Eating local food at the beach
Our young friend Elsie drove an hour from Boston and spent a day with our extended family at
. Elsie brought a big brown bag of beautiful, locally grown, organic food from her
"subscription." She also brought a wide-mouth quart jar of perfect bread and butter pickles she and her man Andrew had made, following a recipe in
.So Elsie provided many of the ingredients for a great beach dinner. Then, as she had said in advance would happen, she left before we cooked and ate it.Five of us put the ingredients together to make the meal: Sons Eli and Elisha, Elisha's friend Sarah, my main man Steve, and me. Elsie could not have had better timing with her fresh veggie gift: we expected nine for dinner.With five of us cooking in the tiny garrett kitchen with the ocean view, we made a classic beach dinner - all fresh, all sumptuous, all on the light side.An inventory of Elsie's CSA bag:
> Ripe yellow and red tomatoes > Small sweet onions > A head of fresh garlic with soft, transparent skin (a garlic adolescent, in other words) > Yellow summer squash, zucchinis, and a lovely pale yellow squash with a light green color splash on one end > A gorgeous head of a leaf lettuce I did not recognize, perhaps a Romaine type, dark and tender > A white (or cream) sweet pepper > Small pickling style cucumbers > Perfect small, sweet carrots still sporting their green tops > A cantaloupe
And more. I think there was a fragrant bouquet of basil, too. Here's how we used the wonderful local foods:
Carrot and Pepper Dipper Strips: Sarah cleaned and cut the carrots lengthwise into slender dipper sticks, and turned the white pepper into long slender scoops for Eli's guacamole appetizer. Eli uses a "framework" instead of a recipe to make this dish, taking advantage of the creamy Haas avocadoes always on sale during our time at Salisbury Beach. Without giving away another chef's secrets, I can say that Eli's ingredients include perfectly ripe (not mushy) Haas avocadoes chunked and smashed a little with lemon juice, lime juice, chopped onion, chopped tomatoes, salt, pepper, and sometimes cilantro and some fresh hot pepper. White corn chips are the classic, tasty vehicle for getting guac to the mouth. We stretched the category with Elsie's carrot and pepper sticks.
Squash-Garlic-Tomato Casserole: I cubed all the squashes, chopped up the whole head of fresh garlic, and stirred all together in a bowl with one tablespoon flour. I chopped up the red tomatoes, seeds, skins, juice, and all, and tossed them lightly with the other veggies in the bowl. I poured the mixture into an oiled glass 9" X 13" pan, and sprinkled on salt, several grinds of black pepper, and about four ounces grated Gruyere cheese. I set this to bake at 400 degrees in my mother-in-law Eloise's oven downstairs, avoiding baking all of us third floor cooks along with the casserole. 45 minutes later, this dish was vegetable-sweet and Gruyere-savory, with crispy edges.
Grilled Salmon: Elisha chopped most of a garlic head fine - it looked like uncooked rice grains - and we made a marinade in a big bowl. Eli squeezed in the juice of a lime, and we added a couple of tablespoons of Spectrum sesame oil, a dash of soy sauce, and a couple of tablespoons of Eden Mirin (seasoned rice wine.) We chased two sizable salmon fillets, about three pounds total, in and around the marinade, giving the fish a few minutes to collect flavor before Steve grilled it on his baby Weber grill.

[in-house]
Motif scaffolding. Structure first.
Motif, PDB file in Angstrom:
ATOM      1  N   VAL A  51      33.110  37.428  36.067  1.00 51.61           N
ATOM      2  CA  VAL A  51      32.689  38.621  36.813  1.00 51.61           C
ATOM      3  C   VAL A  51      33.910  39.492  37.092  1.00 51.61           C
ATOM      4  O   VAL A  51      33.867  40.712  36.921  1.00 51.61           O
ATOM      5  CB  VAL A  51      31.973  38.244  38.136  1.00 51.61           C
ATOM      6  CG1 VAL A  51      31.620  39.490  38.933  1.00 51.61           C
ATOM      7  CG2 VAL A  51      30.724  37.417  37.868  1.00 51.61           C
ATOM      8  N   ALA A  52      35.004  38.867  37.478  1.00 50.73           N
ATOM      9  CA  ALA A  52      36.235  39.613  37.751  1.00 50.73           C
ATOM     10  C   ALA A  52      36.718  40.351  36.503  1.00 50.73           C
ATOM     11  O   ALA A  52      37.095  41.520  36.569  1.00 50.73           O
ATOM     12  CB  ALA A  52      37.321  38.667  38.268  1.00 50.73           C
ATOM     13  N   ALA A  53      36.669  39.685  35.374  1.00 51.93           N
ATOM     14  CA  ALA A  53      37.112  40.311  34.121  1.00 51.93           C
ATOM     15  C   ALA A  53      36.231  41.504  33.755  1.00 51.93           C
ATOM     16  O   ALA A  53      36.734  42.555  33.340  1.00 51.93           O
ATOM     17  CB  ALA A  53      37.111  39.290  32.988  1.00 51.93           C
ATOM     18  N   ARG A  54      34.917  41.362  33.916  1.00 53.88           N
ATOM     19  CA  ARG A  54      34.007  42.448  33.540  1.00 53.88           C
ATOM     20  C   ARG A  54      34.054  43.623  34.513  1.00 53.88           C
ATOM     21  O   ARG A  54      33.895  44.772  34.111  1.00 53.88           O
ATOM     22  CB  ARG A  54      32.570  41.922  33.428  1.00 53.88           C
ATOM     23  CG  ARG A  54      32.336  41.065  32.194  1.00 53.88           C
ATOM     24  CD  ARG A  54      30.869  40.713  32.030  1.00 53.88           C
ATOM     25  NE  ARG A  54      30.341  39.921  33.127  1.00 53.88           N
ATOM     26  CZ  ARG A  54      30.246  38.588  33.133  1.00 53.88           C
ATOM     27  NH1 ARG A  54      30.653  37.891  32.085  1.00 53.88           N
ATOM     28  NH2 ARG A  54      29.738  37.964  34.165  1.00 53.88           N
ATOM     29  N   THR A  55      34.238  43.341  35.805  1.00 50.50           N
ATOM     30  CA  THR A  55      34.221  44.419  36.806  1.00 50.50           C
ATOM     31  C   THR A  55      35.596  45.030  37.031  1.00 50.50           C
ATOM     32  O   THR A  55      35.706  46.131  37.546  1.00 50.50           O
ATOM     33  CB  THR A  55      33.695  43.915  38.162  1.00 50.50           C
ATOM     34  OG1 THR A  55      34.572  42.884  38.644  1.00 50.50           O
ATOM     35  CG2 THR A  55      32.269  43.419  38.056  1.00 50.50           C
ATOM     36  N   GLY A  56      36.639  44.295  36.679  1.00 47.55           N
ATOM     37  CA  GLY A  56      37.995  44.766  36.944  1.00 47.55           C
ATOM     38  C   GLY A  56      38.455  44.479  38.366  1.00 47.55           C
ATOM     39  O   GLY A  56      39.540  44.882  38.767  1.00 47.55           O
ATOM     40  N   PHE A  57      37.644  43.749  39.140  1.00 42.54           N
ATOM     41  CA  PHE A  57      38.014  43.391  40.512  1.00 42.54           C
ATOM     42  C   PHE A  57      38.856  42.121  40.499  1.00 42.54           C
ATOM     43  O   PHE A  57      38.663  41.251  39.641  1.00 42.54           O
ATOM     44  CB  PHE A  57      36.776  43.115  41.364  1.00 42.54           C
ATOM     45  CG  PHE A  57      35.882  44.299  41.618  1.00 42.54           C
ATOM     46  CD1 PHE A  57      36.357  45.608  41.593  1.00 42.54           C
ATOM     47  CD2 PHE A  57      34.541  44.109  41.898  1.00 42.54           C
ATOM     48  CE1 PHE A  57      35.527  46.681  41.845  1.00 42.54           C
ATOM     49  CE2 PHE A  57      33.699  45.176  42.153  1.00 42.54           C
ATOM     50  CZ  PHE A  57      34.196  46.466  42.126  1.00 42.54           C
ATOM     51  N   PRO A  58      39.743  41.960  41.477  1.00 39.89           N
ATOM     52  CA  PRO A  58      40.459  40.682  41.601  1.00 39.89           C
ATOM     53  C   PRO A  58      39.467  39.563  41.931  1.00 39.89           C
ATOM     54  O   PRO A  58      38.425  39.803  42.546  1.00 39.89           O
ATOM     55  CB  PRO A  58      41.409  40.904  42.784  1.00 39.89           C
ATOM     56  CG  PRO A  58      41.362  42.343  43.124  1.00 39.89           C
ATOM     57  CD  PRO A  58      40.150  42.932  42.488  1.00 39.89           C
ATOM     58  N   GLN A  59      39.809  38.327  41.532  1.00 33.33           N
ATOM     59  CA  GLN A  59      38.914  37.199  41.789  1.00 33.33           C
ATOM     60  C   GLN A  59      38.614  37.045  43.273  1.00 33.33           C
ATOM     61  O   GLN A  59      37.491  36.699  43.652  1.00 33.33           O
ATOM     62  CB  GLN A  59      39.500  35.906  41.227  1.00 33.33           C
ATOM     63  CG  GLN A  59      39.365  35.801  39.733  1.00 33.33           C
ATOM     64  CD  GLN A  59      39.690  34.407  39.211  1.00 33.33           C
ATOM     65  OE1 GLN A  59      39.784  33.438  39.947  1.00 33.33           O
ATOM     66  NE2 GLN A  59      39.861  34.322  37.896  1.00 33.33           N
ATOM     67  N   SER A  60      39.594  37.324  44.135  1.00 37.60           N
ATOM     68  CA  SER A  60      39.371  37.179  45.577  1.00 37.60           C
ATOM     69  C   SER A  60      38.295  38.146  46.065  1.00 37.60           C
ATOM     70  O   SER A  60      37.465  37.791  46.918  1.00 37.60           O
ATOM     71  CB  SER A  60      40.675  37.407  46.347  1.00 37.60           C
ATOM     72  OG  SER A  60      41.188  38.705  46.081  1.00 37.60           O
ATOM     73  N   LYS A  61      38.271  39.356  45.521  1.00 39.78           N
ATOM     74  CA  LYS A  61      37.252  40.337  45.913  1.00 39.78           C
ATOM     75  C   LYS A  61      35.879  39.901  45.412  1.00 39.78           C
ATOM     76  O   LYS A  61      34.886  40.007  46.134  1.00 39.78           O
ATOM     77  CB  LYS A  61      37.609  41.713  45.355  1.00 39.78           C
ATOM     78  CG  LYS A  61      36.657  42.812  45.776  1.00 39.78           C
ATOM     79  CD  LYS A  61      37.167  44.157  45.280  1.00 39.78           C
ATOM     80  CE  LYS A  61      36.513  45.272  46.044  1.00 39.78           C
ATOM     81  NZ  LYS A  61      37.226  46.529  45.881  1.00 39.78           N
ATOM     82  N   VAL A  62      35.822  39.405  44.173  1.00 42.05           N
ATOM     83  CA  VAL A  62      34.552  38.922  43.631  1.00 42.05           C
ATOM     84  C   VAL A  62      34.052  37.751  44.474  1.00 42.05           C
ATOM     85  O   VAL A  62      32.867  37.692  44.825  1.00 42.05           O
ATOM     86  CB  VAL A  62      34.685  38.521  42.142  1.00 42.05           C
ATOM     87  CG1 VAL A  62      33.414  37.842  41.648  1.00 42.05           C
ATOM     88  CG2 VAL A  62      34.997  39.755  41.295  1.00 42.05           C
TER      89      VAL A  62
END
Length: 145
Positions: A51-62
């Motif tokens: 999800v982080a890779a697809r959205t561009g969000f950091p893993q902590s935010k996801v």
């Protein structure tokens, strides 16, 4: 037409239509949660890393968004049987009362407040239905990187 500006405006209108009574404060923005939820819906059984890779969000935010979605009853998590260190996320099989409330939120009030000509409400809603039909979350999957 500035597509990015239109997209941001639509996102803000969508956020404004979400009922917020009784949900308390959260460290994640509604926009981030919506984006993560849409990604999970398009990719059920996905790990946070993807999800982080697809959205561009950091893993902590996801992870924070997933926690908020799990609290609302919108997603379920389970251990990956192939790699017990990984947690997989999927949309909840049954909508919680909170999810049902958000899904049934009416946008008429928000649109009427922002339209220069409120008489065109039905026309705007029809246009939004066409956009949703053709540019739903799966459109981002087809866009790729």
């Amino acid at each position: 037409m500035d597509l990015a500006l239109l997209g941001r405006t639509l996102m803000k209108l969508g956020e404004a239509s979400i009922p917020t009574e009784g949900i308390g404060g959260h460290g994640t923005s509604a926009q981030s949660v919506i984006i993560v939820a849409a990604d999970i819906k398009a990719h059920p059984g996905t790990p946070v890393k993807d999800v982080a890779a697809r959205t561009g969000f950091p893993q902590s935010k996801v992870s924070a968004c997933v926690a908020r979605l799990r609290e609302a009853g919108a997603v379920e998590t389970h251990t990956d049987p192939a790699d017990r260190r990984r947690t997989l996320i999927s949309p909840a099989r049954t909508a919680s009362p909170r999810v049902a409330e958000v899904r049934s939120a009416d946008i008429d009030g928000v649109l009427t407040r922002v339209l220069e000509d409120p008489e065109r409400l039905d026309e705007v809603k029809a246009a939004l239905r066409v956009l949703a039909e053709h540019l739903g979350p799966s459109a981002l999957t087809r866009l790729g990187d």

Green Salad: Elsie's lettuce, the yellow tomatoes, some feta, and other veggies filled a giant salad bowl. I made a vinaigrette I often use for salads: I stir together these ingredients:
About 1/3 cup extra virgin olive oil A tiny bit of mustard, about 1/8 teaspoon, either dry or Dijon A tiny bit of sugar, about 1/2 teaspoon Sea salt to taste (or you can leave it out completely) Black pepper to taste (or leave it out if you prefer)
Mix these ingredients vigorously with a fork or small whisk in a small measuring cup or bowl until they are well blended.
Add 2 to 3 teaspoons Cavalli Balsamic Seasoning, or to taste. Stir vigorously and pour over salad just before serving and eating.
Corn on the Cob: Fresh, local "Butter and Sugar" corn - what the Bay Staters call "native" corn, grown just a few miles from our beach cottage. Steve dropped it into boiling water for less than two minutes and we served it plain, with optional butter, salt, pepper.
Cucumber saladin the tsatsiki style: Sarah peeled a couple of small strips of skin from each cucumber and then sliced them in bite size chunks. She sprinkled them with sea salt and set them to drain in a strainer. After 20 minutes or so, she squeezed them by the handful several times, so they were limp-crisp. I used the flat side of a knife on a cutting board to mash together about 1 teaspoon of finely chopped garlic and 1/4 teaspoon sea salt, making a paste. I stirred that paste into a cup of Fage Greek Yogurt (thus committing the biggest non-local food sin of our vacation). I stirred the thick, creamy, tangy, garlicky mixture through the cucumbers.
We ate like queens and kings in the ocean air. Those who could bear it (being either young or male or both) had Blonde Brownies for dessert - a family favorite treat. I use friend Judy Rosen's recipe, and she was present at the dinner.
We visit Salisbury Beach each summer. This is Steve's home. This year I passed the one year mark - I have spent more than 52 weeks of my life in this beloved place. One of the things I love most each year is the joint work of turning great local foods into our evening meals. Elsie's big bag of organic local produce may have set a new standard for delicious freshness. My thanks to all the growers, chefs, providers, and dinner companions involved in our meal.